And the IRS slapped him with the big boy penalty.
QUESTION: Do you think Myers has an escape, especially since he was following the orders of the SBA?
At first it seems that there is an argument, since it wasn’t just any boss who was telling him not to pay. It was a government agency.

However, precedence is a mile long where the Court has slapped down the my-boss-told-me-not-to-pay argument. Could there be a different answer when the boss is the government itself?

The Court did not take long in reaching its decision:
So, the narrow question before us is whether …. applies with equal force when a government agency receiver tells a taxpayer not to pay trust fund taxes. We hold that it does. We cannot apply different substantive law simply because the receiver in this case was the SBA."
Myers owed the penalty.

What do you do if you are in this position?

One possibility is to terminate your check-signing authority and relinquish decision-making authority over who gets paid.

And if you cannot?

You have to quit.

I am not being flippant. You really have to quit. Unless you are making crazy money, you are not making enough to take on the big-boy penalty.

Saturday, June 1, 2019

The Kiddie Tax Problem

You may have heard that there are issues with the new kiddie tax.

There are.

The kiddie tax has been around for decades.

Standard tax planning includes carving out highly-taxed parental or grandparental income and dropping it down to a child/young adult. The income of choice is investment income: interest, dividends, royalties and the like. The child starts his/her own tax bracket climb, providing tax savings because the parents or grandparents had presumably maxed out their own brackets.

Congress thought this was an imminent threat to the Union.

Which beggars the question of how many trust fund babies are out there anyway. I have met a few over the decades – not enough to create a tax just for them, mind you - but I am only a tax CPA. It is not like I would run into them at work or anything.

The rules used to be relatively straightforward but hard to work with in practice.

(1)  The rules would apply to unearned income. They did not apply if your child starred in a Hollywood movie. It would apply to the stocks and bonds that you purchased for the child with the paycheck from that movie.
(2)  The rules applied to a dependent child under 19.
(3)  The rules applied to dependents age 19 to 23 if they were in college.
(4)  The child’s first $1,050 of taxable unearned income was tax-free.
(5)  The child’s next $1,050 of taxable unearned income was taxed at the child’s tax rate.
(6)  Unearned income above that threshold was taxed at the parent’s tax rate.

It was a pain for practitioners because it required one to have all the returns prepared except for the tax because of the interdependency of the calculation.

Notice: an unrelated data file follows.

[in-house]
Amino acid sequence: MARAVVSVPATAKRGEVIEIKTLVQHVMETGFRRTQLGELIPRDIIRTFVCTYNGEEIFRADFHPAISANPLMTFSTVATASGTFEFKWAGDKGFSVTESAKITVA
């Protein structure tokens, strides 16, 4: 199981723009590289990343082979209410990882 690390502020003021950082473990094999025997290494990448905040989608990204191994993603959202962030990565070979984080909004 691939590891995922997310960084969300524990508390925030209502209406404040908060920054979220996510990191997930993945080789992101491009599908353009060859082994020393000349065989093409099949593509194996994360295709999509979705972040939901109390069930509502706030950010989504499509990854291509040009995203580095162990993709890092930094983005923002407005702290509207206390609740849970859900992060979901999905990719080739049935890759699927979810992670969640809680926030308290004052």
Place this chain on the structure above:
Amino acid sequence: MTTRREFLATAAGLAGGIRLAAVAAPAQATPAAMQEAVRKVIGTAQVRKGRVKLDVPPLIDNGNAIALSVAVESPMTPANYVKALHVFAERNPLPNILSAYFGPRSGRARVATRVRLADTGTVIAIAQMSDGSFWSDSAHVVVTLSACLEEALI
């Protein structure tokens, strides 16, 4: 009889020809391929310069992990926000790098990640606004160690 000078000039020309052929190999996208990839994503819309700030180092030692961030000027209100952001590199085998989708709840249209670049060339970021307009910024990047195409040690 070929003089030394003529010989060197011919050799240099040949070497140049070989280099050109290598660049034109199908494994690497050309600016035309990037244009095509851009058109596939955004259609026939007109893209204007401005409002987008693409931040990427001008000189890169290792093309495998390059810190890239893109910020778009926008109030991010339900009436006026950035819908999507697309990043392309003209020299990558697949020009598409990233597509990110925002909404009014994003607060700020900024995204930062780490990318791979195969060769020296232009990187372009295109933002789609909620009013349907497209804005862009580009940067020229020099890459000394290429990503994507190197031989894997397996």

For example, let’s say that you combined the parents and child’s income, resulting in $185,000 of combined taxable income. The child had $3,500 of taxable interest. The joint marginal tax rate (let’s assume the parents were married) at $185,000 was 28%. The $3,500 interest income times 28% tax rate meant the child owed $980.

Not as good as the child having his/her own tax rates, but there was some rationale. As a family unit, little had been accomplished by shifting the investment income to the child or children.

Then Congress decided that the kiddie tax would stop using this piggy-back arithmetic and use trust tax rates instead.

Problem: have you seen the trust tax rates? 

Here they are for 2018:

          Taxable Income                         The Tax Is

Not over $2,550                         10%
$2,551 to $9,150         $ 255 plus 24% of excess
$9,151 to $12,500       $1,839 plus 35% of excess
Over $12,500              $3,011.50 plus 37% of excess


Ahh, but it is just rich kids, right?

Not quite.

How much of a college scholarship is taxable, as an example?

None of it, you say.

Wrong, padawan. To the extent not used for tuition, fees and books, that scholarship is taxable.

So you have a kid from a limited-means background who gets a full ride to a school. To the extent the ride includes room and board, Congress thinks that they should pay tax. At trust tax rates.

Where is that kid supposed to come up with the money?

What about a child receiving benefits because he/she lost a parent serving in the military? These are the “Gold Star” kids, and the issue arises because the surviving parent cannot receive both Department of Defense and Department of Veteran Affairs benefits. It is common to assign one to the child or children.

Bam! Trust tax rates.

Can Congress fix this?

Sure. They caused the problem.

What sets up the kiddie tax is “unearned” income. Congress can pass a law that says that college room and board is not unearned income or that Gold Star family benefits are not unearned income.

However, Congress would have started a list, and someone has to remember to update the list. Is this a reasonable expectation from the same crew who forgot to link leasehold improvements to the new depreciation rules? Talk to the fast food industry. They will burn your ear off on that topic.

Congress should have just left the kiddie tax alone.